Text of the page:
Brain-gain in demand

Konstantin Severinov feels science shouldn't be ressurected,but returned back to Russia.All photos by Oksana Yushko

Konstantin Severinov feels science shouldn't be ressurected,but returned back to Russia.All photos by Oksana Yushko

A “brain-gain” has begun in the IT and high-tech spheres. IT specialists, who left Russia to work abroad, are coming back. Amid an official drive for “modernisation” and a desire to diversify the economy away from hydrocarbons, specialists with Western experience in the high tech sphere are in high demand.

“IT project managers have, for many years, migrated to work abroad for large organisations or outsourcing companies. But, because of the crisis, which led to layoffs and salary reductions, many are considering moving back to their homeland,” says Denis Roshchin, partner at Triolit, a management recruiting company.

He notes a recent significant increase in the number of applications coming from job seekers with foreign experience who are now searching for a job in Russia. Job seekers from Europe and the United States write that they are ready to lead and develop projects in their home country.

“Workers lost the stability level, which they enjoyed before the crisis,” explains Roshchin.

Russian companies are willing to offer similar rewards: an IT project manager could receive a monthly salary of $5,000-10,000, which is similar to their salary abroad.

Moreover, Russian companies are able to offer their staff to develop some large-scale and interesting projects, which seldom happened before. Many experts return when their company opens a branch in Russia.

According to Marina Lukyantseva of Morgan Hunt, a staffing and recruiting company, an employer benefits greatly from having such an employee on their team, provided this is an international business.

“Companies that have operated on the international level have always employed people with Western experience, education, as well as expatriates,” she noted.

All photos by Oksana Yushko
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Experts believe, young brilliant high-tech talents are badly needed for modernisation of the country and stopping the brain drain is crucial for the its future.

The modernisation is a central component of the political agenda in today’s Russia, and a number of decisions have been recently taken to follow this route. One of them is the launch a large scientific centre that will pioneer the country's research and innovation, a Russia’s answer to Silicon Valley.

The high-tech town for young and creative scientists and businesspeople will be built from scratch near Moscow. It will lead research in areas considered critical for Russia's modernisation.


The Russian “Silicon Valley” will be constructed on 370 hectares near the Skolkovo business school near Moscow

President Dmitry Medvedev has appointed Viktor Vekselberg, chairman of the board of directors of the Renova Group, as the manager of Skolkovo, a high-tech research and production hub project.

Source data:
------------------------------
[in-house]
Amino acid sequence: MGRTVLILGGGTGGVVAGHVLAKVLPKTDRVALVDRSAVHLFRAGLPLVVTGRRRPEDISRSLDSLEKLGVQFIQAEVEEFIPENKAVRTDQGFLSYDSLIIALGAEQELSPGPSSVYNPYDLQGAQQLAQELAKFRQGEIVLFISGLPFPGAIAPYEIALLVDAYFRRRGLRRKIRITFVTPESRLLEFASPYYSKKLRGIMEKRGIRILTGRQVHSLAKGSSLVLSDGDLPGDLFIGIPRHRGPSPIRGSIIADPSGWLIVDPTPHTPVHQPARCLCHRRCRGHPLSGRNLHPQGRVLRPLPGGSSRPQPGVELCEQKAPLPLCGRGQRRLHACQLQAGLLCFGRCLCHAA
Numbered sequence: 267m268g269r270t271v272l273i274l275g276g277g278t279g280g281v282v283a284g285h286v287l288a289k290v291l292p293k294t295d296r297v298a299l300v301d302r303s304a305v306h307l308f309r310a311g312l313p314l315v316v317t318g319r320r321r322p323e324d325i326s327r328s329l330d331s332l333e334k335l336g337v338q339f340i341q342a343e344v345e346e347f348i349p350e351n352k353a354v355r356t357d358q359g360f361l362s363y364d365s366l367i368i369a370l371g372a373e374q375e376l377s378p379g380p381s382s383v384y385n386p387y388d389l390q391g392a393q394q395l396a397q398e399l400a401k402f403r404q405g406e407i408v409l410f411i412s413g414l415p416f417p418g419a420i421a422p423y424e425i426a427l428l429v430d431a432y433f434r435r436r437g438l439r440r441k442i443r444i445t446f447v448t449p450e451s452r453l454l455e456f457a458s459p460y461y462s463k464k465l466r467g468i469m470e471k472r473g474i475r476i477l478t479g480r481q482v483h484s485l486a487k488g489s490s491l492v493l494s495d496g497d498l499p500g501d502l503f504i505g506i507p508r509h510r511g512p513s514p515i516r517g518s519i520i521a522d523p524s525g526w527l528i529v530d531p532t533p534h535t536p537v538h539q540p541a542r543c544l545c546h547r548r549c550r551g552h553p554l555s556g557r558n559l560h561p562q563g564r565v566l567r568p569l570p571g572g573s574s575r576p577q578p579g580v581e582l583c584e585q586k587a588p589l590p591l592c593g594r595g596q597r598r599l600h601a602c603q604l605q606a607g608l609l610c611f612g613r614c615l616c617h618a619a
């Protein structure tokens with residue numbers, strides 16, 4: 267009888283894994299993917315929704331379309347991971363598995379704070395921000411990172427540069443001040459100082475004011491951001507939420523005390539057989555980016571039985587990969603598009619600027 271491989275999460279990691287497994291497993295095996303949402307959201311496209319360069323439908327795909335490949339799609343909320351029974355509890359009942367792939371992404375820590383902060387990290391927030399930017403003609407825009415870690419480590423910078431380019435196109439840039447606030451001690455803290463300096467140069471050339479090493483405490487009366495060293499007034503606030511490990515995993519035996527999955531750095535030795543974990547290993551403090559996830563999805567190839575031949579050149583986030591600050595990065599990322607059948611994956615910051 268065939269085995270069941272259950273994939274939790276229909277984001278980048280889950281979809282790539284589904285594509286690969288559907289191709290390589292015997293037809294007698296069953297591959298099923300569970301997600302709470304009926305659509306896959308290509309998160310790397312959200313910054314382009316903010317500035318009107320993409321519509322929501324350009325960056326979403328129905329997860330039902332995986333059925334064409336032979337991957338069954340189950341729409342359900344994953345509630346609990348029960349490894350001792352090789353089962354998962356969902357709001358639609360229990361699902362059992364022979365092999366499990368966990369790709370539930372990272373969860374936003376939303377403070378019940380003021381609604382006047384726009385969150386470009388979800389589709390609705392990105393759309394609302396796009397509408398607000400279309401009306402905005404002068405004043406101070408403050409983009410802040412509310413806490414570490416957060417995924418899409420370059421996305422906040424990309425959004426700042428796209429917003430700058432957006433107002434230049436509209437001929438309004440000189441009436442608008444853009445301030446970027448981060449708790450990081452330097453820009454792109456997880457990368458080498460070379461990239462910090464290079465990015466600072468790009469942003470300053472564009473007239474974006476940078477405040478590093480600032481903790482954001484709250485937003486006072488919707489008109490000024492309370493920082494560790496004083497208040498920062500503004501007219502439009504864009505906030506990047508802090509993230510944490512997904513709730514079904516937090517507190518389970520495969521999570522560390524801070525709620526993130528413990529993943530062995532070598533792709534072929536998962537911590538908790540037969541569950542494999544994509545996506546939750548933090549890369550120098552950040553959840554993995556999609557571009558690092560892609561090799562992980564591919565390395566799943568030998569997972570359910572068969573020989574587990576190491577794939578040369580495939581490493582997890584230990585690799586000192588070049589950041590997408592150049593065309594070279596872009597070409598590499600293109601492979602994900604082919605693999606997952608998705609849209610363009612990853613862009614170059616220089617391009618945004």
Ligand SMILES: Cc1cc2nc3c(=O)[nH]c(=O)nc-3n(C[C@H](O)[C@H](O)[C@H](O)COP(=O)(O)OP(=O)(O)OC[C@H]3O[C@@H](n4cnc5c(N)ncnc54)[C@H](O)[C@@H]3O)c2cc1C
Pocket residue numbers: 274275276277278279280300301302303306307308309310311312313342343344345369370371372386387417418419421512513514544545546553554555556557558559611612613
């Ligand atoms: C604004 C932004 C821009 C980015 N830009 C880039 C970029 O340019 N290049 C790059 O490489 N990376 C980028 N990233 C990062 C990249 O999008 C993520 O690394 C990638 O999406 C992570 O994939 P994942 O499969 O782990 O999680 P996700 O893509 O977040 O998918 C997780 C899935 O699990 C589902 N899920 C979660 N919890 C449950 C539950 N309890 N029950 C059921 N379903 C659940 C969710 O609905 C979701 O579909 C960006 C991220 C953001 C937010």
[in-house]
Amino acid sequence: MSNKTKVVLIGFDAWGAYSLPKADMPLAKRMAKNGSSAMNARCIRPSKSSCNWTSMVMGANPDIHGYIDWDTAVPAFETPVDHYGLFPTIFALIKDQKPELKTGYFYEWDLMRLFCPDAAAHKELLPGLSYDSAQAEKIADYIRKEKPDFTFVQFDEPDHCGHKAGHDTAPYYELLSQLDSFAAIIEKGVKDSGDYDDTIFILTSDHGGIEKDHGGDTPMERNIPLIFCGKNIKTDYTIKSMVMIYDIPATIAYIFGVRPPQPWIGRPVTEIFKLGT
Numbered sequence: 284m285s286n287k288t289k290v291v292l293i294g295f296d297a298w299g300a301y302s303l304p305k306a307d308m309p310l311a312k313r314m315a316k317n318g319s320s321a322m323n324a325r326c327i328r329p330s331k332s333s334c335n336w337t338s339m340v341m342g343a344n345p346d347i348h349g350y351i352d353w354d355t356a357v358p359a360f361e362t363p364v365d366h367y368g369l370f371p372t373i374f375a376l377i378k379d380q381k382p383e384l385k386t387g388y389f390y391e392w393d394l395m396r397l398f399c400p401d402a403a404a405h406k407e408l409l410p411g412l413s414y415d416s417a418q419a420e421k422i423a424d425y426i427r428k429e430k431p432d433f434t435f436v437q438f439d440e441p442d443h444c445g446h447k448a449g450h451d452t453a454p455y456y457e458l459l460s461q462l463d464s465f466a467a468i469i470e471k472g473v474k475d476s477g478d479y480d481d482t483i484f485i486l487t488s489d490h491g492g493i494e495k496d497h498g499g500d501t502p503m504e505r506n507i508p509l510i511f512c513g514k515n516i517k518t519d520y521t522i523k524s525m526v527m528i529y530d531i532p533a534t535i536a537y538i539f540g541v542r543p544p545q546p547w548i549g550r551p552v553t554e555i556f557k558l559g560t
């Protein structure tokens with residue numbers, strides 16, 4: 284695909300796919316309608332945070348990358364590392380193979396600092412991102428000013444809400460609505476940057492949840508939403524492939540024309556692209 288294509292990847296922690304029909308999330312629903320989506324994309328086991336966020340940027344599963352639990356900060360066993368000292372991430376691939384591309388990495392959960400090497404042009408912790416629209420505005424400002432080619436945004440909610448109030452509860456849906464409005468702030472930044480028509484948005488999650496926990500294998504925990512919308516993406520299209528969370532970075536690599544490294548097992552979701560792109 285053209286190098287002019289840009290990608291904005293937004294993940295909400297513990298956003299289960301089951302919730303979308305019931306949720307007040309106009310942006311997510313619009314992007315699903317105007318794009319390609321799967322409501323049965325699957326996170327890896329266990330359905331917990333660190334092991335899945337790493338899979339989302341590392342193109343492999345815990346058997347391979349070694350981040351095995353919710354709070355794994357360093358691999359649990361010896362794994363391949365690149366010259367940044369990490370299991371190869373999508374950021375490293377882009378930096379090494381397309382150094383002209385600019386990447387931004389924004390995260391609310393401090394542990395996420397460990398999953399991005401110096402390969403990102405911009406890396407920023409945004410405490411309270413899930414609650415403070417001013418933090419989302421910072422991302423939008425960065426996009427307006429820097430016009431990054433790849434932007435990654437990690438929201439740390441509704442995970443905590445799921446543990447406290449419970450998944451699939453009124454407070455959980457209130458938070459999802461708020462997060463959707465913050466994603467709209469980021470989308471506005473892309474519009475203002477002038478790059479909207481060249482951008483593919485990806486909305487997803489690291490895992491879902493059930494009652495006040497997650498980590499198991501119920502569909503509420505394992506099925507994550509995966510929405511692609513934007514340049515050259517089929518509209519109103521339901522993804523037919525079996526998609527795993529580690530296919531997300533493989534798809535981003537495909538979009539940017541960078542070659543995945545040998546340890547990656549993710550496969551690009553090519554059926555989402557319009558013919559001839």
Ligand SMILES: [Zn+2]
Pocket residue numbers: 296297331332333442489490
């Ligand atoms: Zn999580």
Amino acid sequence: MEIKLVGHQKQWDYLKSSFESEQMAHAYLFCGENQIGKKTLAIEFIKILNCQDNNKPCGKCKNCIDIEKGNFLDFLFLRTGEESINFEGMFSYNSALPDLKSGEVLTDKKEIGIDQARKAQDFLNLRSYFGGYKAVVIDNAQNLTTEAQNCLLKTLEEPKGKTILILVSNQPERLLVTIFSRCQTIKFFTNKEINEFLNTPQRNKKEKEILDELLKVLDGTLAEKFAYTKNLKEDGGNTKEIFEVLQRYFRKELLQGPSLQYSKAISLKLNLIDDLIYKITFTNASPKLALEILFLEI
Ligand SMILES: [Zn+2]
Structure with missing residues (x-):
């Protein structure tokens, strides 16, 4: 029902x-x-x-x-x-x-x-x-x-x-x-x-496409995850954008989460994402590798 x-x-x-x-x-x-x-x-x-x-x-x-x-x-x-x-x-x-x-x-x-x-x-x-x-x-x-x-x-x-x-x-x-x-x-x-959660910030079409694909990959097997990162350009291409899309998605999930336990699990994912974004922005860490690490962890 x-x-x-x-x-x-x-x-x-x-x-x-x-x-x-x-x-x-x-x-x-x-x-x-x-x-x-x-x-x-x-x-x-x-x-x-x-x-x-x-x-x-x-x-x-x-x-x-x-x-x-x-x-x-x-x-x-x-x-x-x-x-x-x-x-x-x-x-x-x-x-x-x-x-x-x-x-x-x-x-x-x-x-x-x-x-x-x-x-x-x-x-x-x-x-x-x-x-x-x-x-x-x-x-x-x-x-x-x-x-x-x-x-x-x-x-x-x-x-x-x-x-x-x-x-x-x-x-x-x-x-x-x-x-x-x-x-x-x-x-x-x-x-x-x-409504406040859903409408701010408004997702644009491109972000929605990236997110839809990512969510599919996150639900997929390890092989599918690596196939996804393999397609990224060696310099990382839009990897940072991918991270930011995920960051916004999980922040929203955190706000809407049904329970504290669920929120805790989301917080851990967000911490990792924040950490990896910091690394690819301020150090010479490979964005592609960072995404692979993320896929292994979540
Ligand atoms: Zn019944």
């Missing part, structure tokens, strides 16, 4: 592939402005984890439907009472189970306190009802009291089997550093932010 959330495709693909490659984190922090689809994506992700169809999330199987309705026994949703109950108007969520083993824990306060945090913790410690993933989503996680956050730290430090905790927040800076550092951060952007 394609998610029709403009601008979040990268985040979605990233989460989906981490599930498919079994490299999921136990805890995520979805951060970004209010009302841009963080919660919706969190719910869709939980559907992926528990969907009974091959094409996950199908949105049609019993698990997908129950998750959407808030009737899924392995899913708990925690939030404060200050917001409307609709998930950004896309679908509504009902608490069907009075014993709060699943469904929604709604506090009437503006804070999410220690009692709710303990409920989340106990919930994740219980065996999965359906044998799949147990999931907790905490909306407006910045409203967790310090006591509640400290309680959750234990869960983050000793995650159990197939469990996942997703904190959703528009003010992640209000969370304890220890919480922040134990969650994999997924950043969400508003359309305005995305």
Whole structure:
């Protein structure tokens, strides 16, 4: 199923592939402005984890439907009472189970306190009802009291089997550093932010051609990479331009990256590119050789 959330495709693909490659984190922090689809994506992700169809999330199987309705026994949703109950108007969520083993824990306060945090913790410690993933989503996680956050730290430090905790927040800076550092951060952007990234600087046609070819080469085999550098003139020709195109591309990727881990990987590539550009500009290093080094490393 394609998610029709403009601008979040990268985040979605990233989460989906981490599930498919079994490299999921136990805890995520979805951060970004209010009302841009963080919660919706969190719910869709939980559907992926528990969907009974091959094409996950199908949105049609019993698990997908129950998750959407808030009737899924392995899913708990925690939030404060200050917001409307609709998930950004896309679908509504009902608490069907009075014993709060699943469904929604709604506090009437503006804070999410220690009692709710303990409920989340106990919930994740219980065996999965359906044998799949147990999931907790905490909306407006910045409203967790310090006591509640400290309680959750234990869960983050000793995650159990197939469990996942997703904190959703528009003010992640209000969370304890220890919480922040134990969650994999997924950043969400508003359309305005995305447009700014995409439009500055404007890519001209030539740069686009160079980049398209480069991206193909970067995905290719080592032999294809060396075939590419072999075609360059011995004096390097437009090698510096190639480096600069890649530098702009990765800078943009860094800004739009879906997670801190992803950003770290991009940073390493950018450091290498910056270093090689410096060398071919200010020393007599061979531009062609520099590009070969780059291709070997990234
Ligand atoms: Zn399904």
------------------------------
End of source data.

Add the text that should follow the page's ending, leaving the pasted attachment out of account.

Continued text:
The business tycoon will coordinate the creation of “the Russian Silicon Valley” in Skolkovo, near Moscow. Medvedev wants the private sector to actively develop the research center, which will focus on energy, information technology, communication, biomedical research and nuclear technology.

The president announced the project in February as part of his policy of the country’s modernisation. The legal status of the Skolkovo project will be defined shortly. It is expected to attract prominent Russian and foreign scientists and businessmen.

Vekselberg, who is estimated to be Russia’s 23rd richest man, believes that this ambitious project will be successful if international companies participate in it. The task to create a self-sufficient hi-tech research and production center “will take us 5-7 years,” he stressed.

The Renova head will be the main coordinator of the Russian part of the project, Vedomosti daily said. One of the main tasks for Vekselberg as the chief of the Russian version of the Silicon Valley will be choosing a foreign co-chairman. It should be a man who “shares the ideas of creating the valley, a like-minded person,” the paper quoted Vekselberg as saying.

He personally wants the foreign candidate to be “a successful businessman.” In any case, the final decision will be taken by the government and the presidential administration.

The Russian “Silicon Valley” will be constructed on 370 hectares near the Skolkovo business school. It is expected that the volume of the state’s financing of the project will be announced in April at a meeting of the presidential commission on modernisation.

As the state allocates money, private companies should step in, and not only Russian ones. According to Dmitry Abzalov, analyst of the Center for Political Conjuncture, Vekselberg will be responsible for finding such companies.

Then the chief of the Skolkovo project will have to build an effective mechanism for selecting and working with innovation projects and link the research with the production, the analyst told the paper.

“If Vekselberg manages to solve these tasks effectively, Skolkovo may start working as an autonomous body without the participation of the state,” Abzalov said. “We will see the first results of his work by the summer or autumn 2010.”

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